Marvin Hamlisch

Active - 1967 - 2013  |   Born - Jun 2, 1944 in New York, New York, United States  |   Died - Jul 6, 2012   |   Genres - Drama, Comedy, Comedy Drama, Romance, Action

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Biography by Hal Erickson

During his first wave of national fame in the mid '70s, American composer/arranger Marvin Hamlisch was a much sought-after talk show guest, due to his quick wit and infectious personality. The son of a prominent Viennese musician, Hamlisch was working on Broadway even while attending college, as Barbra Streisand's rehearsal pianist for Funny Girl. After some minor theatrical composing, Hamlisch met producer Sam Spiegel, which led to Hamlisch's first film scoring assignment, the teeny-bopper musicale Ski Party. Working quickly and inexpensively, Hamlisch created a demand for himself in the world of medium-budget "personal" film productions like Frank and Eleanor Perry's The Swimmer (1968) and Woody Allen's Bananas. In 1972, he was the accompanist/arranger of Groucho Marx' S.R.O. Carnegie Hall appearance, which led to even more valuable showbiz contacts. When Hamlisch finally hit it big in 1974, he hit it BIG -- winning three Academy Awards in a single evening, one for The Sting (1973) and two for The Way We Were (1973). America literally fell in love with this grinning, bespectacled, slightly dishevelled young man who seemed so comfortable with, yet so shy about, his limitless talent. From the night of that Oscar ceremony onward, producers fell over themselves entreating Hamlisch to add prestige to their projects; frequently, as in the case of the 1975 TV bomb Beacon Hill, Hamlisch's music was the only recommendation. Marvin Hamlisch has remained active in all branches of show business for the last two decades; the quality of the projects may have varied wildly at times, but Hamlisch could always take comfort in the fact that his Tony-winning music and lyrics for A Chorus Line were composed for the longest-running musical in Broadway history. Hamlisch died at age 68 in early August 2012.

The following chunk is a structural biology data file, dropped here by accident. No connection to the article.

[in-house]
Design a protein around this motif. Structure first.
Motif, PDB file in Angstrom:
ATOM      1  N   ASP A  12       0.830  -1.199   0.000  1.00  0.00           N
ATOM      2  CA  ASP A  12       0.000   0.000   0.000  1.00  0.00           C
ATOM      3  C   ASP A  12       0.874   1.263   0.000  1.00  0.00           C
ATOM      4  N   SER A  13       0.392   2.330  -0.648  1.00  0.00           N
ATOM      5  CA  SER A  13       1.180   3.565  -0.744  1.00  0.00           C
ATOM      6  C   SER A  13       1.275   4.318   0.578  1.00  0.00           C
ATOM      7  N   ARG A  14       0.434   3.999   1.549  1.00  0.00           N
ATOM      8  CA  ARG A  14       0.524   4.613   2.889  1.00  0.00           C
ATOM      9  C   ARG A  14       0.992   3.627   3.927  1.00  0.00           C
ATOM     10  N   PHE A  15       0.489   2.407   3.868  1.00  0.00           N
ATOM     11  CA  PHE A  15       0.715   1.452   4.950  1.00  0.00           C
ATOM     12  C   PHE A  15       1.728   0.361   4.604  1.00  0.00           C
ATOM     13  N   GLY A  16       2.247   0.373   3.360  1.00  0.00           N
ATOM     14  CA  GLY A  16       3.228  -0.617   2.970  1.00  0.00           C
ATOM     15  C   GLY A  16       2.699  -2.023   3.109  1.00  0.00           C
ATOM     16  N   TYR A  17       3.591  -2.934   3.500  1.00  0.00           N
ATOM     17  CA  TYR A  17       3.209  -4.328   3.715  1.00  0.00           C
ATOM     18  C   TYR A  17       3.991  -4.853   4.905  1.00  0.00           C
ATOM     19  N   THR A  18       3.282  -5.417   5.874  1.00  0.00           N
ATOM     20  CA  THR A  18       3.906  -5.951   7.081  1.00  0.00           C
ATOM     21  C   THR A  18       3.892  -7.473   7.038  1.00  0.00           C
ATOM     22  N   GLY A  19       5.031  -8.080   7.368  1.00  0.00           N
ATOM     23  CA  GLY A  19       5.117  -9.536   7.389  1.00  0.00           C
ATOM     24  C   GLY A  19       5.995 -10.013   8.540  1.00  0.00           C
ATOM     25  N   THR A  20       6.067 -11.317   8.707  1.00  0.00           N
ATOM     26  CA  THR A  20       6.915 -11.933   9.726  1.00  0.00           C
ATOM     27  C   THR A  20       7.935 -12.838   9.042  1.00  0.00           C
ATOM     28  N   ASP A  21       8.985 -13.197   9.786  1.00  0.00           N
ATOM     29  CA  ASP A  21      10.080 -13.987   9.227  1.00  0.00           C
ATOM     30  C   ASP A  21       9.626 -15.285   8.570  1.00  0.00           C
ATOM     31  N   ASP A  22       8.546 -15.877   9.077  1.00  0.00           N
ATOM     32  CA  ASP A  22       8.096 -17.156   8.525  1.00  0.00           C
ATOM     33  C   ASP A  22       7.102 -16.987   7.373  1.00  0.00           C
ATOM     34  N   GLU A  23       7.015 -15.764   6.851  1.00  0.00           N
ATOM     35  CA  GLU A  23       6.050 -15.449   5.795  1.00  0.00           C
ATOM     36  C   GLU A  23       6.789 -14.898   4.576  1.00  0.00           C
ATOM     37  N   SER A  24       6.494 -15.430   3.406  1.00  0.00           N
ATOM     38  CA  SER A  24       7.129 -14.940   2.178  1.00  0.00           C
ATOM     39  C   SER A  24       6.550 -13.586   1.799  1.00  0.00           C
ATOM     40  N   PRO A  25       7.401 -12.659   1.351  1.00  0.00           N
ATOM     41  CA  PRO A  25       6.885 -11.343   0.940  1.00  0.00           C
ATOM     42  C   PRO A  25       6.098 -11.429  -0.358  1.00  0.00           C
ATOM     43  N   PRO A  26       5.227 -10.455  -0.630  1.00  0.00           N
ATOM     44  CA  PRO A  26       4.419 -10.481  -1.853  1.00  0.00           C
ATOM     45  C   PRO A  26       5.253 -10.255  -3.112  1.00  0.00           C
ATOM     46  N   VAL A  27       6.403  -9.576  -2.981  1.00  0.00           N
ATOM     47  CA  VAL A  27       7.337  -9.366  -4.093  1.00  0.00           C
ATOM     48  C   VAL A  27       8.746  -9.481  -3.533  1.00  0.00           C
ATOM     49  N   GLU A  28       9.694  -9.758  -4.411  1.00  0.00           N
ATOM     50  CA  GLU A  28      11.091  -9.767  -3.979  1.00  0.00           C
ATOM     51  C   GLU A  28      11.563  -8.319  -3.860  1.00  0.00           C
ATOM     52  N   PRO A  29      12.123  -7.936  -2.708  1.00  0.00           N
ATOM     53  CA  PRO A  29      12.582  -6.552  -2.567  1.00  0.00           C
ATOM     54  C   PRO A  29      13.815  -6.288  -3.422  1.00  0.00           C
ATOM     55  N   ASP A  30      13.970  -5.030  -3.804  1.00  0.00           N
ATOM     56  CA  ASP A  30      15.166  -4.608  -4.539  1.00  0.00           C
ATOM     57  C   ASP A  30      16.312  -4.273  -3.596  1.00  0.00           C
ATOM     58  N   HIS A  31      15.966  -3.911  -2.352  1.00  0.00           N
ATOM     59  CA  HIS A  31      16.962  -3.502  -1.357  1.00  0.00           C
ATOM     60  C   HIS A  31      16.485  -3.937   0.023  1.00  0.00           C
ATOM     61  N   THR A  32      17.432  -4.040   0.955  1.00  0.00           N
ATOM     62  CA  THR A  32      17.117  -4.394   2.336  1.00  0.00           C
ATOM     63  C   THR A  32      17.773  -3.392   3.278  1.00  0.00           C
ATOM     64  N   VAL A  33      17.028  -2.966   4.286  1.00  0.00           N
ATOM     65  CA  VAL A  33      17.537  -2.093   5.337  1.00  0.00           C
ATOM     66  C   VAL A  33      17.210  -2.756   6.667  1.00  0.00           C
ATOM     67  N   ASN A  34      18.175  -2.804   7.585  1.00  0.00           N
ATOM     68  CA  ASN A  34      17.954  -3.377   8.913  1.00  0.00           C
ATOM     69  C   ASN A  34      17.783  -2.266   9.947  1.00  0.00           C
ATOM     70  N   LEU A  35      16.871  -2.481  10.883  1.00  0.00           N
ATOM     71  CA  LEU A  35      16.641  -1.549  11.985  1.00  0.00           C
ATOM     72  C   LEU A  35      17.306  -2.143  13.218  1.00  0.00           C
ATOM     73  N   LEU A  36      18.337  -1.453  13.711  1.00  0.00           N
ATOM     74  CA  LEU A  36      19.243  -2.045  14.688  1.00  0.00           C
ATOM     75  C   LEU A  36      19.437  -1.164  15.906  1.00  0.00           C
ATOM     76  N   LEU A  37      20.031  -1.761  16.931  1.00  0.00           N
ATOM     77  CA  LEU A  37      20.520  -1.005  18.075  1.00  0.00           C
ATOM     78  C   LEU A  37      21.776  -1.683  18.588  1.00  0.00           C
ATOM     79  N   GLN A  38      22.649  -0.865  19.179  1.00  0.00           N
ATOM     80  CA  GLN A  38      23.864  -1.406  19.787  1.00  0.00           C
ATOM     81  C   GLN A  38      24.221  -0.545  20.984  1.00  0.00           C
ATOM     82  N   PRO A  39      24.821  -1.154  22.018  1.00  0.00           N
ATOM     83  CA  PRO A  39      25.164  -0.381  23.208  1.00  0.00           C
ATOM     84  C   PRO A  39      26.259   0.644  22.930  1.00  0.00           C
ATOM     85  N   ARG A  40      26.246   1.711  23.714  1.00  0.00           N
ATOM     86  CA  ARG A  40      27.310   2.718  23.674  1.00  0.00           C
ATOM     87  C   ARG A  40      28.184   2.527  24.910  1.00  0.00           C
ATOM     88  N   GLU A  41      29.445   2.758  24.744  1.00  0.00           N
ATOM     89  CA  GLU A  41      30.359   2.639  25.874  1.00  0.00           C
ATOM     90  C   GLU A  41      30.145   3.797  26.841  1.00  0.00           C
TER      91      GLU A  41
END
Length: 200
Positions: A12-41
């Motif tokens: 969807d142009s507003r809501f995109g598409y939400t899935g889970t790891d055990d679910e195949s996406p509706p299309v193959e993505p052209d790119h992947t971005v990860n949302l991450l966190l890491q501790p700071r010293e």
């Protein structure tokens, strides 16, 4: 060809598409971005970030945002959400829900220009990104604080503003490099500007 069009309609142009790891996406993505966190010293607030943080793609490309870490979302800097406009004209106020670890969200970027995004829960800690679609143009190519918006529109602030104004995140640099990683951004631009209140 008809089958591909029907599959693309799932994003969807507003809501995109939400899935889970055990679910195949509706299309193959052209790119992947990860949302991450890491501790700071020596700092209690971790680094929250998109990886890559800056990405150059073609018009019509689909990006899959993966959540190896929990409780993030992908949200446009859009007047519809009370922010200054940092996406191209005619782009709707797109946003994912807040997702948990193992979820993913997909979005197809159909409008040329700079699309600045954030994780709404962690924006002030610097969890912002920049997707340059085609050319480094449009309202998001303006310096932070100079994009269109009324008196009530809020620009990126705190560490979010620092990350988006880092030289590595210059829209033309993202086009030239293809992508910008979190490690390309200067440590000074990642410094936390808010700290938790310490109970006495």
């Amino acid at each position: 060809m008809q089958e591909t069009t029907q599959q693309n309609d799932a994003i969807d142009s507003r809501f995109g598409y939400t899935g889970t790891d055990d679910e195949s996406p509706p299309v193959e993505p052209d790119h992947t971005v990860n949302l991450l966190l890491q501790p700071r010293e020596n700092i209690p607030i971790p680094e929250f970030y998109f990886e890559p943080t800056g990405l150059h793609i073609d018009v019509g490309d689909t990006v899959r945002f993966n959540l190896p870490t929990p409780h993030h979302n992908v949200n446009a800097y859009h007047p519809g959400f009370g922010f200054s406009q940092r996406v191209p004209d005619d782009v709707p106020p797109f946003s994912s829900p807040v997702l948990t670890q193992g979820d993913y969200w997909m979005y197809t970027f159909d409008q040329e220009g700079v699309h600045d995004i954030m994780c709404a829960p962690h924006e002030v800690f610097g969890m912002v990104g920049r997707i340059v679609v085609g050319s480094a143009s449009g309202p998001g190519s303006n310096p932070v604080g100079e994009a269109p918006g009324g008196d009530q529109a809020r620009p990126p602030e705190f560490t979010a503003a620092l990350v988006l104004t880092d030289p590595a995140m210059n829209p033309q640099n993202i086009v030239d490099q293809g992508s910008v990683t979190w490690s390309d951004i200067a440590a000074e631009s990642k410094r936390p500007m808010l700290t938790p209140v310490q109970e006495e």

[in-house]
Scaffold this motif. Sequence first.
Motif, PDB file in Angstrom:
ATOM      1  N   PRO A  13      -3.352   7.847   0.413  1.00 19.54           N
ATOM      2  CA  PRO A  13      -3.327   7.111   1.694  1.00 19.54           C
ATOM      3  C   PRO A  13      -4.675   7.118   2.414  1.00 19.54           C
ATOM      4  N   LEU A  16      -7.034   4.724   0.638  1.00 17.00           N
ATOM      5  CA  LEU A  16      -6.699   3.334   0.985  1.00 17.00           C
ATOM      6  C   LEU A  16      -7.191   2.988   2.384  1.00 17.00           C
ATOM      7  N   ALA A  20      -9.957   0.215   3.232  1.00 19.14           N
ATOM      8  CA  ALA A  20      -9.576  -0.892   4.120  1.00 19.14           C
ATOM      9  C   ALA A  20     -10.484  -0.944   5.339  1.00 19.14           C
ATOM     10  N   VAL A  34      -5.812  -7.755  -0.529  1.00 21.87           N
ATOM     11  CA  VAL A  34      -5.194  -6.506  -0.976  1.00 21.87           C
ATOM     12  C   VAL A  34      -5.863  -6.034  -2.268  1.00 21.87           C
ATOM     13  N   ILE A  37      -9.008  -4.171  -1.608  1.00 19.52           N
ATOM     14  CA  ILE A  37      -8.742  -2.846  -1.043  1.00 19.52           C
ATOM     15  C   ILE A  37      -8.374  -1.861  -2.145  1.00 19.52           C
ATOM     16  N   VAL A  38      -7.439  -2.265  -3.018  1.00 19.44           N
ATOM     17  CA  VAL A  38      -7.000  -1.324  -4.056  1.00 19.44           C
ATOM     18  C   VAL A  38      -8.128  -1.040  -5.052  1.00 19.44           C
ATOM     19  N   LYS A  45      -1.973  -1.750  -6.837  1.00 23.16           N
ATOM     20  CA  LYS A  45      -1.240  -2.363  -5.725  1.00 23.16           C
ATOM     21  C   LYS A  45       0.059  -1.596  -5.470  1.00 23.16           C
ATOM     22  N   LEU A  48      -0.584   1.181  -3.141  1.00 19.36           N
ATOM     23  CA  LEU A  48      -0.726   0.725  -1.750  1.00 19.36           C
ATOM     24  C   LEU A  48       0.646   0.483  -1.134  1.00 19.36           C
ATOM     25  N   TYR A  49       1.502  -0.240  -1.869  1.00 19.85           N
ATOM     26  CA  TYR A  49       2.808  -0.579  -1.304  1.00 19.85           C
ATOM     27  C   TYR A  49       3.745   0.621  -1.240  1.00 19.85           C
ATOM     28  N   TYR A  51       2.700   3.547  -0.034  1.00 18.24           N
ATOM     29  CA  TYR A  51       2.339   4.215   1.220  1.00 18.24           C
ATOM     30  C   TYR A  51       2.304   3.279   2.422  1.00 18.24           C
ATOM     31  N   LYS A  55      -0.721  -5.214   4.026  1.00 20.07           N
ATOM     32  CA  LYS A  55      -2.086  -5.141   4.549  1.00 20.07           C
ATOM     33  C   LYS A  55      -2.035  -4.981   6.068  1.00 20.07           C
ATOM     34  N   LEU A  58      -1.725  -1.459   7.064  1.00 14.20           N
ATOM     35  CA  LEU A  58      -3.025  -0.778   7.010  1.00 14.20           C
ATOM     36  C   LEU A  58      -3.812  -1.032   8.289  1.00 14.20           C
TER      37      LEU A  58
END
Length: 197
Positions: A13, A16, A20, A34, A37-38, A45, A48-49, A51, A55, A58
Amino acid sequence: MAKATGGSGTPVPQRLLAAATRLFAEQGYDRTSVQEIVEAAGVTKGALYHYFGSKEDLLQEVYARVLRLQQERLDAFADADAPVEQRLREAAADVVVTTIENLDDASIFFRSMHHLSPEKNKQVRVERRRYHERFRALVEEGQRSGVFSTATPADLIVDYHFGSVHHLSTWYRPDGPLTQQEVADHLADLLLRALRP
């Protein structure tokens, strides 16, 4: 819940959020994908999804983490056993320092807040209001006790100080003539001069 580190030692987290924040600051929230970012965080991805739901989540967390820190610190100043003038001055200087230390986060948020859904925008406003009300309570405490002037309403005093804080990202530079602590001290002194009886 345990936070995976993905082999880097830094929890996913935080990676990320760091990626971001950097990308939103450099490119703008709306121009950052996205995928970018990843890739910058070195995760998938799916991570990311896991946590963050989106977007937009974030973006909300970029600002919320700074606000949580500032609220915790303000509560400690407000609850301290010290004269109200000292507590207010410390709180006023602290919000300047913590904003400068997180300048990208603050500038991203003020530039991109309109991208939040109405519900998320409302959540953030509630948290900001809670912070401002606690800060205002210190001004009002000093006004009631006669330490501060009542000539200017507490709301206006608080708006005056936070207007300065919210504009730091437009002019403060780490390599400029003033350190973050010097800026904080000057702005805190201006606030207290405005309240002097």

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  • Became the youngest student, at age 7 in 1951, admitted to the Juilliard School of Music.
  • At age 16, played piano on a demo record that friend Liza Minnelli gave her mother, Judy Garland, for Christmas.  
  • Worked as a rehearsal pianist in 1964 for the Broadway play Funny Girl, which starred Barbra Streisand.  
  • Scored his first pop hit in 1965 when Lesley Gore recorded "Sunshine, Lollipops and Rainbows," which he cowrote with Howard Liebling. 
  • Wrote the music for such Broadway shows as A Chorus Line, They're Playing Our Song, The Goodbye Girl and Sweet Smell of Success; and scored such films as The Way We Were, The Sting, Sophie's Choice and Ordinary People.
  • Picked by Groucho Marx to be his pianist-straight man for an early 1970s nightclub tour.
  • Inducted into the Songwriters Hall of Fame in 1986 and the American Theatre Hall of Fame in 2009.